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dc.contributor.advisorBrighenti, Furio-
dc.contributor.authorScazzina, Francesca-
dc.description.abstractIn the present doctoral research, different aspects of glycemic index and glycemic load were investigated. We observed interlaboratory variability in GI measurement and studied GI and GL effects on health aspects. Firstly, there is evidence that one needs controlling and collecting analyses from different laboratory for optimizing GI methodology. The standardization is the groundwork if the aim is glycemic labelling of food products. There is, in fact, sufficient evidence to support labelling on the grounds of benefit for diabetic persons, considering also the growing incidence of diabetes in developed and developing countries. However, caution should be exercised in food choice based solely on GI or GL because LGI and GL foods may be energy dense and contain substantial amounts of sugars or undesirable fat that contribute to the diminished glycemic response but not necessarily to good health outcomes. It seems appropriate that, when GI or GL are used to guide food choice, this should only be done in the context of other nutritional indicators and when values have been measured in a large group of individuals (Livesey et al. 2008, Mitchell 2008, Howlett and Ashwell 2008). Moreover, there is evidence for a positive effect of LGI meal to i) improve glucose tolerance during a subsequent meal; ii) to increase post prandial metabolism and iii) to protect liver and, indirectly, heart health. However, not all the mechanisms of action are completely clear. The second meal effect seems more a consequence of fermentable carbohydrates than low GI. Apparently, a LGI specific effect remains to be substantiated by other investigations. The effect of GI on energy metabolism results straight, but it should be confirmed by a long-term study, since controversial results have been reported in the literature. Finally, there is a direct relation between GI and liver steatosis, in particular in subjects who already suffer of impaired glucose disposal. The results observed in this thesis are in good agreement with the International Life Sciences Institute workshop on glycemic response and health, held in Nice, France (6–8 December 2006) (Howlett and Ashwell 2008). In summary, LGI diets improve glycemic control especially in individuals with impaired glucose tolerance and diabetes; the intake of high GI carbohydrates (from both grain and non-grain sources) in large amounts is associated with an increased risk of heart disease in overweight and obese even when fibre intake is high, but this requires further confirmation in normal-weight. GI and GL are useful parameters to be considered in the choice of foods for individuals with diabetes or impaired glucose regulation, and they may also be relevant for normoglycemic individuals with insulin resistance or metabolic syndrome; unavailable fermentable carbohydrate, independent of GI, seems to have a relevant effect on health outcome.en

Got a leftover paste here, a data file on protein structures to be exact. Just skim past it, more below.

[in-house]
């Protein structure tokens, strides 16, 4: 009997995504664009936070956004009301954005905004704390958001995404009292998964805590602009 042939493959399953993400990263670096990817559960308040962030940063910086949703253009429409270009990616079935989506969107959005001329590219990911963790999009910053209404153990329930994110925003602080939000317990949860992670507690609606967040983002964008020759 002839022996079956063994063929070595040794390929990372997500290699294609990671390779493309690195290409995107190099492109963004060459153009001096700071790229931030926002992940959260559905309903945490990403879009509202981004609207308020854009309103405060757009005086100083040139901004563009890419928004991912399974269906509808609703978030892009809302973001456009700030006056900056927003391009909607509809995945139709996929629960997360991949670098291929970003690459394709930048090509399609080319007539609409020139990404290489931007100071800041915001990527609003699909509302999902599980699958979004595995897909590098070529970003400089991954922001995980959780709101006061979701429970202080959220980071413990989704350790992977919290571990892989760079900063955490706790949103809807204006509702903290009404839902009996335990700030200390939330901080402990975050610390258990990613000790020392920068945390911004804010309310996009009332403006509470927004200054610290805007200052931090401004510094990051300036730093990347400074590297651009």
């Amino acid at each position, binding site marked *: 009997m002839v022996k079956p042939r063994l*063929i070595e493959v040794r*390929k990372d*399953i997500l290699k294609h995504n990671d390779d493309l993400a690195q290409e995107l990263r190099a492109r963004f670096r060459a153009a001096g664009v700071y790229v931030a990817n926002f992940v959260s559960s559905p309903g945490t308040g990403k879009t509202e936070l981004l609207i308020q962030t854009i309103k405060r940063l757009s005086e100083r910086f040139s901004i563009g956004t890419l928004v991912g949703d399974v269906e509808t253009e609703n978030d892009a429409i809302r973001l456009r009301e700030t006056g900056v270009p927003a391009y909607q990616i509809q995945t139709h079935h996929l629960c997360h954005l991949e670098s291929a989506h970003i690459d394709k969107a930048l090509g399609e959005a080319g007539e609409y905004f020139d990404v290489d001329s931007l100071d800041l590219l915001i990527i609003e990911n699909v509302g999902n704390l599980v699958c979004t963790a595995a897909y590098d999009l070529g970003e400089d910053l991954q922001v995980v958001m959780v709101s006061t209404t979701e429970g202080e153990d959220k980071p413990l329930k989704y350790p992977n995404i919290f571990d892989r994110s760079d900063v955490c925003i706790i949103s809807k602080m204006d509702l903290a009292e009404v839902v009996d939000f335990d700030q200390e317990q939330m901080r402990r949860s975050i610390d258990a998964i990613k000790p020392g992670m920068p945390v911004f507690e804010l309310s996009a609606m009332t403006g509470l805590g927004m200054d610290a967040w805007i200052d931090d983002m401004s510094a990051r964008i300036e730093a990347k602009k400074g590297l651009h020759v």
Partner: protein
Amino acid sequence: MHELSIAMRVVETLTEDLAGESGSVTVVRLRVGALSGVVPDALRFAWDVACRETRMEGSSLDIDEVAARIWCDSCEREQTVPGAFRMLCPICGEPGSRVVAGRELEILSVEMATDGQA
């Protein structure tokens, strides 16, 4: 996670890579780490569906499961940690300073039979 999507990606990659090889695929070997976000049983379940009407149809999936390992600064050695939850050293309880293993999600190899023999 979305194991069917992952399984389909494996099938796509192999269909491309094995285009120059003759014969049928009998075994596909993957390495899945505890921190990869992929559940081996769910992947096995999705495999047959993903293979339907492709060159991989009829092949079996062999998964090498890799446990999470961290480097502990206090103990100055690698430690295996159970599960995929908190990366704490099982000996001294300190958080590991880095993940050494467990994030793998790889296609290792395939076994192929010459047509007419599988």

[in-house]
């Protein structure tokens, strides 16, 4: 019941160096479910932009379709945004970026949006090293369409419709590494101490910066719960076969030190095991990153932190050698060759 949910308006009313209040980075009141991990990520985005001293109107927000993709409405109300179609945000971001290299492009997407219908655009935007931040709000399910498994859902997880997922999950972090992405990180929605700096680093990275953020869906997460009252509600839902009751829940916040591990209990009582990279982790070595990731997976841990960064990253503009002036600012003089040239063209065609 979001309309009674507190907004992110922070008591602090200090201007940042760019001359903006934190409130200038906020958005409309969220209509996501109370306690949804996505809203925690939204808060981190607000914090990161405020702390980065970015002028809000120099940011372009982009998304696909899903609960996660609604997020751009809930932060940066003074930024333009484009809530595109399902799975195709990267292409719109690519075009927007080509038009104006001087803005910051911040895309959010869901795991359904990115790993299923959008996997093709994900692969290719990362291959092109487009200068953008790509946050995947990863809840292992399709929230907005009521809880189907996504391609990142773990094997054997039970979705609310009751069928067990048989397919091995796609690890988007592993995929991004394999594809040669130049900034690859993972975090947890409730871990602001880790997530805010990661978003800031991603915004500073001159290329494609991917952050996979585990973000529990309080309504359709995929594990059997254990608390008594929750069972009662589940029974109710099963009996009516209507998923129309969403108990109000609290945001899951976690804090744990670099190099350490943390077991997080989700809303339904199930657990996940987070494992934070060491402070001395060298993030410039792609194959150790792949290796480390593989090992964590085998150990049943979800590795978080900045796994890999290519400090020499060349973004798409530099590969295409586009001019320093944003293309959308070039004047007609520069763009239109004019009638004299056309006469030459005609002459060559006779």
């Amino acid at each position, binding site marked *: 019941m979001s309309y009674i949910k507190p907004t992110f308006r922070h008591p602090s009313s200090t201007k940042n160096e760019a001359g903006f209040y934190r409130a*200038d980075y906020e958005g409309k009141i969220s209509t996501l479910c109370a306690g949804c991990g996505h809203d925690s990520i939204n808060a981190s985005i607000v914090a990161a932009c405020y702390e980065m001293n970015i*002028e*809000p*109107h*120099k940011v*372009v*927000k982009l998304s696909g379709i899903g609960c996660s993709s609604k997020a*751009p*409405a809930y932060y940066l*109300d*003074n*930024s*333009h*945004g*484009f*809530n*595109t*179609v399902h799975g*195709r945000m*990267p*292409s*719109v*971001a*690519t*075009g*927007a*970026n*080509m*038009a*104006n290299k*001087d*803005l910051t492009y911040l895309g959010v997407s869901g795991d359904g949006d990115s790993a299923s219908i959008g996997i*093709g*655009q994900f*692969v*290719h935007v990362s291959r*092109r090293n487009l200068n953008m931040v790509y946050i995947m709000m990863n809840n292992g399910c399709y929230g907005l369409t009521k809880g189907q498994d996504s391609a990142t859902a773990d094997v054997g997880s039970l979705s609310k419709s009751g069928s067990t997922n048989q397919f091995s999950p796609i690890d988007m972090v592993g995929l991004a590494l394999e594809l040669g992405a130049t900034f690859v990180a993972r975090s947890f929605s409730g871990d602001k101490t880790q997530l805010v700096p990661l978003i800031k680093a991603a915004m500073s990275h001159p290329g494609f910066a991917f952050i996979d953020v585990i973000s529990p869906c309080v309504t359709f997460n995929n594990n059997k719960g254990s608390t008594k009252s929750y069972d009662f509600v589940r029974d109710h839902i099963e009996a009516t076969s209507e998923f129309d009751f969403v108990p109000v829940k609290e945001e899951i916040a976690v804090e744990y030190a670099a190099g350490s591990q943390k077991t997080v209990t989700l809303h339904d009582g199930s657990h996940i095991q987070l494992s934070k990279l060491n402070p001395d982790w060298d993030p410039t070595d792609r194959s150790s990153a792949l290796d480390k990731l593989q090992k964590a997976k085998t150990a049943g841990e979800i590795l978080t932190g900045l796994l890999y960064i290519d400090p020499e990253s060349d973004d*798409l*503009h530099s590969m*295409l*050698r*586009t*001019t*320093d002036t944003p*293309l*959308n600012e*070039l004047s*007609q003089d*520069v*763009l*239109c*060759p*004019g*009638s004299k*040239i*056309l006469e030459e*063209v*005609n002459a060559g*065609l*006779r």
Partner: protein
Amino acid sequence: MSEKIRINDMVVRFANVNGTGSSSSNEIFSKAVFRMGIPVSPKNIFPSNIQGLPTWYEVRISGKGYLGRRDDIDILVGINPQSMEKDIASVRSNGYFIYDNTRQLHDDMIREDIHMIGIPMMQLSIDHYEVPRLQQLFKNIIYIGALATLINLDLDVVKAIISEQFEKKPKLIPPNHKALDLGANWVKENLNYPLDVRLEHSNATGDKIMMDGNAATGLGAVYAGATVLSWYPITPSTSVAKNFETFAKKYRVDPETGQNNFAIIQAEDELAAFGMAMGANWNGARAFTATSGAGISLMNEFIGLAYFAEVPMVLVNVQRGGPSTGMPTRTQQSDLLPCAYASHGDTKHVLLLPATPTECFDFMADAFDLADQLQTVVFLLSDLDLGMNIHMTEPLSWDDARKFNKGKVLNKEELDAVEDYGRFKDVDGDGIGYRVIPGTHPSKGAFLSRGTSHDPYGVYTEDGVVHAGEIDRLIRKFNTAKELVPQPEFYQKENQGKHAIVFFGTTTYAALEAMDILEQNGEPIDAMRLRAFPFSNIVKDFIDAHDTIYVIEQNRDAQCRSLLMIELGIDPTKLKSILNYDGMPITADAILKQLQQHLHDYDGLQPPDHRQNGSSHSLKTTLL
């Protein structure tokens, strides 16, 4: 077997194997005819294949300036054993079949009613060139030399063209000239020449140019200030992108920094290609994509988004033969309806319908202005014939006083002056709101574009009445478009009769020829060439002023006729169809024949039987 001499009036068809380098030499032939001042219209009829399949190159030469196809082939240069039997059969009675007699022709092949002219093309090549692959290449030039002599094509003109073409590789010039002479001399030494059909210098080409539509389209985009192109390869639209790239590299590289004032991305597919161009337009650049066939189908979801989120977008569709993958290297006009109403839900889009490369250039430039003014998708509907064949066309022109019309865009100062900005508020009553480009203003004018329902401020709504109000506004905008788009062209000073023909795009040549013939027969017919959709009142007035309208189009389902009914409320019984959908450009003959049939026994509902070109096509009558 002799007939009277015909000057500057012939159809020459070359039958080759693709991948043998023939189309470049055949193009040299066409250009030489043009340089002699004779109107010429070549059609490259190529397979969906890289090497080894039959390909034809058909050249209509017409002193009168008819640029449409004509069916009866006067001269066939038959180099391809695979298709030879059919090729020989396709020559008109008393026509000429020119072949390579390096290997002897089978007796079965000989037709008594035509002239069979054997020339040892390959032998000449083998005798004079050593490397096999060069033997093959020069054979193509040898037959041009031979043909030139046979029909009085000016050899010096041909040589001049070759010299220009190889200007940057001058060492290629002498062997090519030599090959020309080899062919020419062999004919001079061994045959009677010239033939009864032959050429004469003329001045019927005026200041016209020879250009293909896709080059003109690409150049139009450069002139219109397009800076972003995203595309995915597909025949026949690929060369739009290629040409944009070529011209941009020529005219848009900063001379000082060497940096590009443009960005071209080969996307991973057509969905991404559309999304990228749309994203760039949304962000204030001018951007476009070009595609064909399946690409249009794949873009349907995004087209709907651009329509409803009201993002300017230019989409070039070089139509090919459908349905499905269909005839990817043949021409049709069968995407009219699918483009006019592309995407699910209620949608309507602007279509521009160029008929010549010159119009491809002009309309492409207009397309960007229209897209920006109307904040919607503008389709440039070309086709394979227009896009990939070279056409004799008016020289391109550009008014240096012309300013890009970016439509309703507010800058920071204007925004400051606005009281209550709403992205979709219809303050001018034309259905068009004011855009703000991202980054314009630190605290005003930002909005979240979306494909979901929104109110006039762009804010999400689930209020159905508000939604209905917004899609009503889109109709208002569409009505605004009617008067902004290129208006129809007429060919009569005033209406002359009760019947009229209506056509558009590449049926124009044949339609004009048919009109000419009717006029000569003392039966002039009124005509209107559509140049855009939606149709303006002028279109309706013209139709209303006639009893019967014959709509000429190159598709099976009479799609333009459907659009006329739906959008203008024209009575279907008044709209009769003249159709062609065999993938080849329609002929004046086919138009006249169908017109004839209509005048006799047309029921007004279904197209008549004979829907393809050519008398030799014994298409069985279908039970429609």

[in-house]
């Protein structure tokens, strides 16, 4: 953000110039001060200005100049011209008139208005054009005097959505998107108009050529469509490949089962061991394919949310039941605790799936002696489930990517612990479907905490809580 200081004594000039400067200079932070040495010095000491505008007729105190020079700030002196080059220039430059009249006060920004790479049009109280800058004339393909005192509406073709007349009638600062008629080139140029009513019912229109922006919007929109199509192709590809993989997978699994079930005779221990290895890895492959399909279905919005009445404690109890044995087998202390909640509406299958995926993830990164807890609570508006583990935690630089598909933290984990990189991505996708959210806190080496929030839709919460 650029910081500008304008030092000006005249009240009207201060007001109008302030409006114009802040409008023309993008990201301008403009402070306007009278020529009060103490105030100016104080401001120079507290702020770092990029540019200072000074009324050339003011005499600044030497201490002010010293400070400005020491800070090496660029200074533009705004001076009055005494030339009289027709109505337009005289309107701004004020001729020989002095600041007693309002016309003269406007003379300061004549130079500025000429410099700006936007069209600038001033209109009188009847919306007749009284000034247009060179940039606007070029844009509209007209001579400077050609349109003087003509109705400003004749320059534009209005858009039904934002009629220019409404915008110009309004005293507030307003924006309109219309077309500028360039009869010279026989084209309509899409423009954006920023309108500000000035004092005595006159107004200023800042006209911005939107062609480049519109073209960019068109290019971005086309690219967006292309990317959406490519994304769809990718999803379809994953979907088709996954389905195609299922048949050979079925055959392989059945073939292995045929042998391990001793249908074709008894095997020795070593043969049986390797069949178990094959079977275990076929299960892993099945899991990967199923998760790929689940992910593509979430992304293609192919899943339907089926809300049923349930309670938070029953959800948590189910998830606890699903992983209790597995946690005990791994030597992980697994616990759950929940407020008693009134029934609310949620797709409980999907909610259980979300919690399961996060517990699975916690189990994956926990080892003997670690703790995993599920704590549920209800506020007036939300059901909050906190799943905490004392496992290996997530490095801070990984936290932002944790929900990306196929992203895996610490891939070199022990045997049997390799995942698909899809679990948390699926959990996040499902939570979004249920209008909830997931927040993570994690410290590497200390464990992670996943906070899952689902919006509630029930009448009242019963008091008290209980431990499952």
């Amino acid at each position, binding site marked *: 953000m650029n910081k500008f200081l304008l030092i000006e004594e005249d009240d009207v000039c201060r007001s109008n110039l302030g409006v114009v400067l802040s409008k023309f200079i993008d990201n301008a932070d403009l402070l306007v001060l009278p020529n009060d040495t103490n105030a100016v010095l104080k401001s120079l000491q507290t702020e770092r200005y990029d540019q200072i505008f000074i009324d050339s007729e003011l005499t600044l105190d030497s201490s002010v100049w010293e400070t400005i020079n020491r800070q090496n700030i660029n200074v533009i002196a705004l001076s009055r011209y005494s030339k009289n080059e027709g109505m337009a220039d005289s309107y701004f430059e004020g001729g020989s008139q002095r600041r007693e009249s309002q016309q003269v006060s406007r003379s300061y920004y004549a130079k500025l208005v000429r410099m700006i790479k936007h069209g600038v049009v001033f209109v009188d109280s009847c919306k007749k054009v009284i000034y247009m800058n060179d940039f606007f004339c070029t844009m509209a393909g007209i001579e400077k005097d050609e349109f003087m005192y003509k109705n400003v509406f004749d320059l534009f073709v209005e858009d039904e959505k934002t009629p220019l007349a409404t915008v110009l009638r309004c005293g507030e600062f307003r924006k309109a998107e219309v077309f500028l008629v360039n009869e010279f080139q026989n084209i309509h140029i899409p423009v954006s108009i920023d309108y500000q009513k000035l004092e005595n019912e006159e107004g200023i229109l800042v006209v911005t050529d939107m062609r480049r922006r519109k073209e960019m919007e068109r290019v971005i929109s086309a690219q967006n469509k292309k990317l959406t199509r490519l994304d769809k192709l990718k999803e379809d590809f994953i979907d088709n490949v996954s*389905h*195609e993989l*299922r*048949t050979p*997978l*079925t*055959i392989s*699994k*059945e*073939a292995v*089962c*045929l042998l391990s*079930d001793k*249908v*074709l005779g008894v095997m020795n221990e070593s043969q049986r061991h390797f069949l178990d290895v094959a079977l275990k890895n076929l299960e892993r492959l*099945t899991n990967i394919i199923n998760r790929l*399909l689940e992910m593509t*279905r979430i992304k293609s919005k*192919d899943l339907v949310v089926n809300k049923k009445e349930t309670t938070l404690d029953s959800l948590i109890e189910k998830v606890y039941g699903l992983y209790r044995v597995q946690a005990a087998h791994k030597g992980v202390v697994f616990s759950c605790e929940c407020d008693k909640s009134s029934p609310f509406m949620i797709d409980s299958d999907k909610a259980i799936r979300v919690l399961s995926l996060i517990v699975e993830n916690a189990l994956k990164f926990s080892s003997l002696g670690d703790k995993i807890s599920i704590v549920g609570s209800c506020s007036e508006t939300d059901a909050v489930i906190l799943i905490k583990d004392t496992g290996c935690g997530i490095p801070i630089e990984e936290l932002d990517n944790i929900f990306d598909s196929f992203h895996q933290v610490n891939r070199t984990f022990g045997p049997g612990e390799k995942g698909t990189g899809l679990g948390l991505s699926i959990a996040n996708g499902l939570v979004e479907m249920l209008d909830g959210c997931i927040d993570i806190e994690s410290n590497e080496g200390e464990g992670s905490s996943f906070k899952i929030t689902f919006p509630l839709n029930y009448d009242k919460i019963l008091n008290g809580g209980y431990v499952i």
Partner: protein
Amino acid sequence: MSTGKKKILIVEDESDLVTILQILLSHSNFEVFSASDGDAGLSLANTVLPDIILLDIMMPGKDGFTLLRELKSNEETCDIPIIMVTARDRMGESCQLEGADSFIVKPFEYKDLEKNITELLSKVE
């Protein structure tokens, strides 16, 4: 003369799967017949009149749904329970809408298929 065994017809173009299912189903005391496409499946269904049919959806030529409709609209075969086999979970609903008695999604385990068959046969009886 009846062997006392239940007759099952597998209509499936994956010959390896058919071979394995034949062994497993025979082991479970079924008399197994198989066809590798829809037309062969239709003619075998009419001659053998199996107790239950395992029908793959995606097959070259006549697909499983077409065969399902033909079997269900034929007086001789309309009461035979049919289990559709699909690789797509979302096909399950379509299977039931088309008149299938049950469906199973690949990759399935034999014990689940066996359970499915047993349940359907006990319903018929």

dc.publisherUniversità degli Studi di Parma, Dipartimento di Sanità Pubblicaen
dc.relation.ispartofseriesDottorato di ricerca in Scienze e tecnologie alimentarien
dc.rights© Francesca Scazzina, 2008en
dc.subjectGlycemic indexen
dc.titleGlycemic index and glycemic load: standardisation of method, new mechanisms of action, effects on energy metabolism and on new markers of cardiovascular disease risken
dc.typeDoctoral thesisen
Appears in Collections:Scienze degli alimenti. Tesi di dottorato

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